Hebron makes big-time debut Former Gibbons star leads Eagles, 23-17

September 06, 1993|By Ken Murray | Ken Murray,Staff Writer

PHILADELPHIA -- Vaughn Hebron buried the memory of draft day 1993 yesterday, proving once again that scouting is a flawed science at best.

Passed over last April by all 28 NFL teams because he was regarded as too small or too injury-prone, Hebron proved he was neither in his debut for the Philadelphia Eagles.

Proof came in the fourth quarter of Philadelphia's 23-17 victory over the Phoenix Cardinals. That's when the 5-foot-8 Hebron took over in the Eagles' backfield, when 59,831 Veterans Stadium patrons knew they had a new folk hero at running back.

There was an electric 33-yard jaunt around Phoenix's left side that had defenders grasping at air. And there was a gritty 5-yard touchdown run up the middle that showed he could run inside, too.

Hebron, a native of Catonsville and a product of Cardinal Gibbons High, supplied the inspiration in an 80-yard scoring drive the Eagles needed to hold off the Cardinals.

He rushed for a game-high 66 yards -- 14 more than Herschel Walker and Heath Sherman had combined. Even a late fumble that resulted in a Phoenix touchdown didn't diminish what Hebron meant to the Eagles' offense on Week 1.

Football players come in all shapes and sizes," guard Brian Baldinger said, just a few lockers away from Hebron. "He has good instincts, and knows how to cut. He told the offensive line, 'You don't have to knock 'em down -- just give me a crack.' He's just been explosive since the first time he carried the rock in this league."

Hebron arrived in the league this summer as a free-agent rookie from Virginia Tech that no one else wanted. Only Philadelphia offered him a contract after he went undrafted. And Joe Woolley, director of player personnel, wasn't too sure what the Eagles were getting.

"What I saw [at Tech] was a little guy who could run a little," Woolley said. "I didn't see the quickness, the acceleration that he's shown here. He's run better here by far than he did in college.

"There's a little more determination. And he's been hungry here."

Hebron had missed four games with an ankle injury as a senior, yet still led the team with 579 yards. He gained more than 3,000 yards in his college career.

"Injuries held me back a lot," he said. "But I'm doing the same things here I did at Tech. Block when I'm asked, catch the ball, run it. I guess a lot of scouts think that [he didn't show much at Tech]."

The disappointment of draft day turned out to be Hebron's greatest motivation.

"Once I wasn't drafted, I wanted to prove I wasgood enough to make the pros, or prove there was a mistake by the scouts. If it went the other way, at least it was out of my system. But it happened this way, and I'll take it.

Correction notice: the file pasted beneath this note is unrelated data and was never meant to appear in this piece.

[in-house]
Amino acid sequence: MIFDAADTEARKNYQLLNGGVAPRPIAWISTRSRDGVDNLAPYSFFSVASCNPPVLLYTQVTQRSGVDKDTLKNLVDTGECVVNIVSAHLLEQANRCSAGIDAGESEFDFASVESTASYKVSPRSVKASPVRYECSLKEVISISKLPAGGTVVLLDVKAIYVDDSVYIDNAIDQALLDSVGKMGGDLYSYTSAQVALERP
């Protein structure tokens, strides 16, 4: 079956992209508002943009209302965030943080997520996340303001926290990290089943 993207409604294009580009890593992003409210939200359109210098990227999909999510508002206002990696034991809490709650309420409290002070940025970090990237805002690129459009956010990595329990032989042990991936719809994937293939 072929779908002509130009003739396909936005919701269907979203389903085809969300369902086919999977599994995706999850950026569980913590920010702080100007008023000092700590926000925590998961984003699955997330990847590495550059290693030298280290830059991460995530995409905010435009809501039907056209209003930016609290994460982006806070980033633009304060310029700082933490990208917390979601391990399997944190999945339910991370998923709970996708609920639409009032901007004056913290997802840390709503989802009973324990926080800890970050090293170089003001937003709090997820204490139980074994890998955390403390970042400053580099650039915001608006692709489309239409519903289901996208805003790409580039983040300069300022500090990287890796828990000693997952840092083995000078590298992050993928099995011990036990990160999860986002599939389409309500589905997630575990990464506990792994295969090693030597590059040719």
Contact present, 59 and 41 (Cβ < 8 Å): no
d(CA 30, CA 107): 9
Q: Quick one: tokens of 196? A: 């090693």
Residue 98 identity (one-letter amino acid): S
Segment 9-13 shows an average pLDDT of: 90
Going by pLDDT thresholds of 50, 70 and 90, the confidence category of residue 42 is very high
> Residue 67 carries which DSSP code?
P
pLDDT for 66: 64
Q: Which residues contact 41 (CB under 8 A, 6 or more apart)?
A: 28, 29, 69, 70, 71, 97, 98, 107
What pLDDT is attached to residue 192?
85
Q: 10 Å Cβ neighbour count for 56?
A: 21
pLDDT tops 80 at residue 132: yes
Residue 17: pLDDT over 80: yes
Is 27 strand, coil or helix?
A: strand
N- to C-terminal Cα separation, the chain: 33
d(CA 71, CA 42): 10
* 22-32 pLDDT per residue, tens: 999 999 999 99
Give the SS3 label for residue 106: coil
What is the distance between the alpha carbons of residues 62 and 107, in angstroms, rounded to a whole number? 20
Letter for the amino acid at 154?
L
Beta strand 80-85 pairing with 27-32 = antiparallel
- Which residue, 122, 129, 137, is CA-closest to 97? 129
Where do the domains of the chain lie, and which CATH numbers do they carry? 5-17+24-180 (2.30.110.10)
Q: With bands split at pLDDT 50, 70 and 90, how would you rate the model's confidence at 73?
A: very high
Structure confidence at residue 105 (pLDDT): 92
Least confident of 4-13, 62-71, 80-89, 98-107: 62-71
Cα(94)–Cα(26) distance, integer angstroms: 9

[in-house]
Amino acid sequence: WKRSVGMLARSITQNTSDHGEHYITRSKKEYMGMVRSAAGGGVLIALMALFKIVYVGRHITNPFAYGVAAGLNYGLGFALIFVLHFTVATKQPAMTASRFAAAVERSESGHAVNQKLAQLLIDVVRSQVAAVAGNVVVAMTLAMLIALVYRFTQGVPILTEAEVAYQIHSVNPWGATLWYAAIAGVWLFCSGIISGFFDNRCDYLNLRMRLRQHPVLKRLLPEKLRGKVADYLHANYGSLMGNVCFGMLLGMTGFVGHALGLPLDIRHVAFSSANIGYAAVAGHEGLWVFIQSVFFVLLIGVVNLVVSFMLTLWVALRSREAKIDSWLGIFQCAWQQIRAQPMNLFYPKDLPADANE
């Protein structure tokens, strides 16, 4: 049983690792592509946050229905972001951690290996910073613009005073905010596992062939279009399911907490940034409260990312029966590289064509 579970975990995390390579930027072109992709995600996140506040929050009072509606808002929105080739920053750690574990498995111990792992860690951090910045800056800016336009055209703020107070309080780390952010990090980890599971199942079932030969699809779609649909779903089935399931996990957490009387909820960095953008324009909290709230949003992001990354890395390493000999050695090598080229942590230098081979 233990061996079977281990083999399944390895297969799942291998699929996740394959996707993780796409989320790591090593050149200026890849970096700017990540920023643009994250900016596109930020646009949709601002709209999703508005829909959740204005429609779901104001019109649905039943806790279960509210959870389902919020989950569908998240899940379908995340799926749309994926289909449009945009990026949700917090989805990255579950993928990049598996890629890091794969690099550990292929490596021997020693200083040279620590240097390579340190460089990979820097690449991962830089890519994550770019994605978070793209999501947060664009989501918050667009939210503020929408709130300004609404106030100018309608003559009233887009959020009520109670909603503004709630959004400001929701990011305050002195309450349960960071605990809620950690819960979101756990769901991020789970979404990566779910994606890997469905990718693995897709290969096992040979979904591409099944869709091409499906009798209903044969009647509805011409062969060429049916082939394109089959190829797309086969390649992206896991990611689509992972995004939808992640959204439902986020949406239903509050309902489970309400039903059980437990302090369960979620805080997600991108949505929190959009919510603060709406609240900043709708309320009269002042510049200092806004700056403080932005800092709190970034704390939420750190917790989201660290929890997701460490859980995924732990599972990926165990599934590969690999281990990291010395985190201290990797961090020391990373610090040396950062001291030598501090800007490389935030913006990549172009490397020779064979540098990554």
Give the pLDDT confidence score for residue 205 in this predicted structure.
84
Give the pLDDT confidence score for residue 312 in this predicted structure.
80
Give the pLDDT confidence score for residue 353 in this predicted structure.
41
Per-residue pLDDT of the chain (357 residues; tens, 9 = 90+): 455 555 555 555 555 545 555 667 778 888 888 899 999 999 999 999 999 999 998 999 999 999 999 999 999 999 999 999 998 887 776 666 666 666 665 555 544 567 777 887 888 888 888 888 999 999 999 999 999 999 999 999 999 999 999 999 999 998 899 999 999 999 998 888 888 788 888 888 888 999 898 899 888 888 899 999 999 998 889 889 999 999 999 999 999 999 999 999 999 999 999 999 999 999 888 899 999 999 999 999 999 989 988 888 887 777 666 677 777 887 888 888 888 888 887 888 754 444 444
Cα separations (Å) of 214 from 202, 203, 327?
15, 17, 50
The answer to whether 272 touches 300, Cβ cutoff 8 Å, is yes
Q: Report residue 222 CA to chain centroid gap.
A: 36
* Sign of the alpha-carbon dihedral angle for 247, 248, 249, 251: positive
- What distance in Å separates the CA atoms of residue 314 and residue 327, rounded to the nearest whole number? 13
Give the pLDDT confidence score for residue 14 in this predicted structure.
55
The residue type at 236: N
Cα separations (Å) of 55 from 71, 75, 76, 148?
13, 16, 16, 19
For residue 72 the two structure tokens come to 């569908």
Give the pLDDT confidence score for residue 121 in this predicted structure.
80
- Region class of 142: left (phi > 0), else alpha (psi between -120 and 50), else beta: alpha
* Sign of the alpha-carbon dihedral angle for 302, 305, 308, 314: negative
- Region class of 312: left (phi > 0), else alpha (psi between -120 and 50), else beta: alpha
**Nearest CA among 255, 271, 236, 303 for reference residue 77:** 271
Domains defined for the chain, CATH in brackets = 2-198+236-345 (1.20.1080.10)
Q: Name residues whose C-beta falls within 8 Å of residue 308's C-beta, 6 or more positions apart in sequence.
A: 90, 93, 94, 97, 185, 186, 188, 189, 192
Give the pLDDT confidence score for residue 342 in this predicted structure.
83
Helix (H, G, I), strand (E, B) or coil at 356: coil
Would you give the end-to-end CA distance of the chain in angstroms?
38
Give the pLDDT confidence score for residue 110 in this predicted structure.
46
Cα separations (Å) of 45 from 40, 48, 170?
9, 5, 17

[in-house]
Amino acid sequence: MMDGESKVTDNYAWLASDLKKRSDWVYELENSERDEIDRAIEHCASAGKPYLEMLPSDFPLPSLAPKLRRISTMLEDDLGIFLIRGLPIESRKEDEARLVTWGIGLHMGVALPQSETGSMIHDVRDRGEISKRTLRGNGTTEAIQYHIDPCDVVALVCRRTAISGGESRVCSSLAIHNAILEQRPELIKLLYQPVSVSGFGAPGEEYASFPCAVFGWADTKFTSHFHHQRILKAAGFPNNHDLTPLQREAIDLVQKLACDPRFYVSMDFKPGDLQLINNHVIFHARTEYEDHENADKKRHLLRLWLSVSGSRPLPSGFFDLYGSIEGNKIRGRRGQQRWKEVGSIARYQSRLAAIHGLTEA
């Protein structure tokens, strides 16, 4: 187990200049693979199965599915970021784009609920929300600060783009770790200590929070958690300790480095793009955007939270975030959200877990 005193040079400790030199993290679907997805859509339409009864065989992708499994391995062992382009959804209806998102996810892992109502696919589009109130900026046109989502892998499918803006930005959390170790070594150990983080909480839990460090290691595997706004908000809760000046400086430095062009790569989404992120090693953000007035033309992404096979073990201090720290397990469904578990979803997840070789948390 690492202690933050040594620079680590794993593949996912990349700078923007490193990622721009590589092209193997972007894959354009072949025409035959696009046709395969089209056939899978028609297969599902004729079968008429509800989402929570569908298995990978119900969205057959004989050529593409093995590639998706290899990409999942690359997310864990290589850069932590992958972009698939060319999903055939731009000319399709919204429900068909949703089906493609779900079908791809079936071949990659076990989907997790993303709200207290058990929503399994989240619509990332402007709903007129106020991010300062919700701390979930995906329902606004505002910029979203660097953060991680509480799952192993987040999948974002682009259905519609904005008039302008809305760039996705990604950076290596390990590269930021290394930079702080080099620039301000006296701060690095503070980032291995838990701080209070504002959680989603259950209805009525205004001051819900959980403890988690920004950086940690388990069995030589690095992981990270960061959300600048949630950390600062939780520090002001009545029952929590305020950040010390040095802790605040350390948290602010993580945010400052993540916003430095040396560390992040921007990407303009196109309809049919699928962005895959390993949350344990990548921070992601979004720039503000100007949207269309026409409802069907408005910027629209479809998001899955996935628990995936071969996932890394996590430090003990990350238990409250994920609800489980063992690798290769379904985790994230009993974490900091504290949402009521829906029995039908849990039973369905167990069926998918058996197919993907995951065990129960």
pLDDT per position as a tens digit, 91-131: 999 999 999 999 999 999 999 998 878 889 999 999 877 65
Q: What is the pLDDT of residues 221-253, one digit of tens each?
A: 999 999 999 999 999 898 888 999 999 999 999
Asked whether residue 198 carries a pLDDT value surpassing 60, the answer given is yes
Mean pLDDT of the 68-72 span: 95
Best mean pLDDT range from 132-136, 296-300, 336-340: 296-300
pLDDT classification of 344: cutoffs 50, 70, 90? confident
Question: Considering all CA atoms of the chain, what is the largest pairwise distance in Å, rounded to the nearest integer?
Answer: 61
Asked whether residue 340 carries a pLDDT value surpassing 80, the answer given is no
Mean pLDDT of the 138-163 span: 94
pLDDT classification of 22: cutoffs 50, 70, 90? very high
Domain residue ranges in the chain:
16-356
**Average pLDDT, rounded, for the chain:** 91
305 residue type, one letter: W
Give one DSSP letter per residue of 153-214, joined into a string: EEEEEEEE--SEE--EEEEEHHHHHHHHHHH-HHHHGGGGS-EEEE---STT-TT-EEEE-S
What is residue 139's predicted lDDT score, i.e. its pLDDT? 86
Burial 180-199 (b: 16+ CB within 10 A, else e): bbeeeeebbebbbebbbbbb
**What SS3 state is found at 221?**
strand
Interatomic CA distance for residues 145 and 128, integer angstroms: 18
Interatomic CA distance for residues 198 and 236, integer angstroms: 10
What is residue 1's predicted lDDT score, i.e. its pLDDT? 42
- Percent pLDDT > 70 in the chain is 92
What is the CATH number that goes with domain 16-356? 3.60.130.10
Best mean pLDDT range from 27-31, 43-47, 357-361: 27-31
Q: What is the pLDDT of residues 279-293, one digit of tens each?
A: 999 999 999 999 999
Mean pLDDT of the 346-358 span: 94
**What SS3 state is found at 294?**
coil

"Free agency is a hard road to take. If I was a betting man, I wouldn't bet on me. All I asked for was an opportunity."

When he got the opportunity in preseason, he averaged seven yards a carry. On cut-down day last Monday, the Eagles released former Alabama star Siran Stacey, their 1992 second-round pick, in favor of Hebron.

Hebron celebrated by going out after practice and buying a new Pathfinder. He also started signing autographs, a practice he eschewed during camp because no one recognized his name. Now, it seems, everybody knows him.

"Down at Tech, the same thing happened," he said when asked about being accepted by Philadelphia's rabid fans. "I guess it's because of my size, and the fact I show spirit. Philadelphia's got very knowledgeable fans."

Hebron played mostly on special teams and only sparingly in the backfield in the first half yesterday. His first run, a 6-yard gain, was wiped out by an illegal procedure penalty by Mark Bavaro.

But when the Eagles' offense bogged down in the second half, Eagles coach Rich Kotite flanked Walker out and gave Hebron the ball. Kotite was quickly rewarded.

"He played well," the coach said. "He got the ball stripped from him, and it was unfortunate that happened. But he certainly gave us a lift."

Hebron gave Phoenix a gift with four minutes left. Stacked up on a 4-yard loss, he had the ball stripped by the Cardinals' Lorenzo Lynch, who went 55 yards for a touchdown to pull the Cardinals within six.

"I was trying to stay in bounds," Hebron said. "I will learn from it, but I'm not going to focus on it."

The Eagles were willing to overlook the gaffe.

Said guard Mike Schad: "He's like a test plane. We haven't seen him move as fast as he can. I'm looking forward to seeing him push the throttle forward all the way."

In the end zone after his first NFL touchdown, Hebron, 22, gave the ball to an official.

"I didn't know what to do," he said. "So I gave the ref the ball. As I understand it, the ball costs money."

Several veterans quickly retrieved the ball for Hebron's keepsake.

"The kid knows we appreciate what he's done," Baldinger said. "We don't take it for granted. He's hungry. He's got some fire in his bones about the game. It's good to see."


Detroit 30 ... ... ... ... ... ... Atlanta 13

Cleveland 27 .. .. ... ... ... ... Cincinnati 14

Denver 26 .. .. .. ... ... ... ... N.Y. Jets 20

Kansas City 27 ... ... ... ... ... Tampa Bay 3

Green Bay 36 .. .. ... ... ... ... L.A. Rams 6

Miami 24 .. ... .. ... ... ... ... Indianapolis 20

Buffalo 38 ... ... ... ... ... ... New England 14

Philadelphia 23 .. ... ... ... ... Phoenix 17

San Fran. 24 .. .. ... ... ... ... Pittsburgh 13

L.A. Raiders 24 .. ... ... ... ... Minnesota 7

N.Y. Giants 26 ... ... ... ... ... Chicago 20

San Diego 18 .. .. ... ... ... ... Seattle 12

New Orleans 33 ... ... ... ... ... Houston 21

Coverage: 10-12C

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